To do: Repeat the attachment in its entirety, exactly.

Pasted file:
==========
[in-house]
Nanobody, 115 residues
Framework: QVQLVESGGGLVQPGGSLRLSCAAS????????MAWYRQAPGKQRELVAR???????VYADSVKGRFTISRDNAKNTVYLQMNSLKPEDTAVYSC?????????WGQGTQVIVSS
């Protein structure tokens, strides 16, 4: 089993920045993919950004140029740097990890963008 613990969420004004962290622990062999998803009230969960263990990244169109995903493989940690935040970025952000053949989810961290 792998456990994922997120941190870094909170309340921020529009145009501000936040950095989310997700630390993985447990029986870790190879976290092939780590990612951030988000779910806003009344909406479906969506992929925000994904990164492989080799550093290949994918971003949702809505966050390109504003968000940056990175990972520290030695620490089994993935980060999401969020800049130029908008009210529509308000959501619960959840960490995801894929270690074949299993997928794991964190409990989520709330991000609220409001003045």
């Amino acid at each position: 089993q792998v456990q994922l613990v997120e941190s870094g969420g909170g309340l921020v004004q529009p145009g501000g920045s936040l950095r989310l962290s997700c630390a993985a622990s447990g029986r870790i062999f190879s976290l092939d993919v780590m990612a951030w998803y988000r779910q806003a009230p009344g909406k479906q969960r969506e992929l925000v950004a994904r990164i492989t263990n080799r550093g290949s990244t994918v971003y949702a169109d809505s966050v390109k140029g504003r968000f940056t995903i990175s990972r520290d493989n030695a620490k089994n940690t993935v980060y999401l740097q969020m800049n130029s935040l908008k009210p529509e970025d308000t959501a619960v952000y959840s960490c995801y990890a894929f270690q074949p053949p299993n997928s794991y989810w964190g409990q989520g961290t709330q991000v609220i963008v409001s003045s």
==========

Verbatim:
[in-house]
Nanobody, 115 residues
Framework: QVQLVESGGGLVQPGGSLRLSCAAS????????MAWYRQAPGKQRELVAR???????VYADSVKGRFTISRDNAKNTVYLQMNSLKPEDTAVYSC?????????WGQGTQVIVSS
């Protein structure tokens, strides 16, 4: 089993920045993919950004140029740097990890963008 613990969420004004962290622990062999998803009230969960263990990244169109995903493989940690935040970025952000053949989810961290 792998456990994922997120941190870094909170309340921020529009145009501000936040950095989310997700630390993985447990029986870790190879976290092939780590990612951030988000779910806003009344909406479906969506992929925000994904990164492989080799550093290949994918971003949702809505966050390109504003968000940056990175990972520290030695620490089994993935980060999401969020800049130029908008009210529509308000959501619960959840960490995801894929270690074949299993997928794991964190409990989520709330991000609220409001003045």
């Amino acid at each position: 089993q792998v456990q994922l613990v997120e941190s870094g969420g909170g309340l921020v004004q529009p145009g501000g920045s936040l950095r989310l962290s997700c630390a993985a622990s447990g029986r870790i062999f190879s976290l092939d993919v780590m990612a951030w998803y988000r779910q806003a009230p009344g909406k479906q969960r969506e992929l925000v950004a994904r990164i492989t263990n080799r550093g290949s990244t994918v971003y949702a169109d809505s966050v390109k140029g504003r968000f940056t995903i990175s990972r520290d493989n030695a620490k089994n940690t993935v980060y999401l740097q969020m800049n130029s935040l908008k009210p529509e970025d308000t959501a619960v952000y959840s960490c995801y990890a894929f270690q074949p053949p299993n997928s794991y989810w964190g409990q989520g961290t709330q991000v609220i963008v409001s003045s």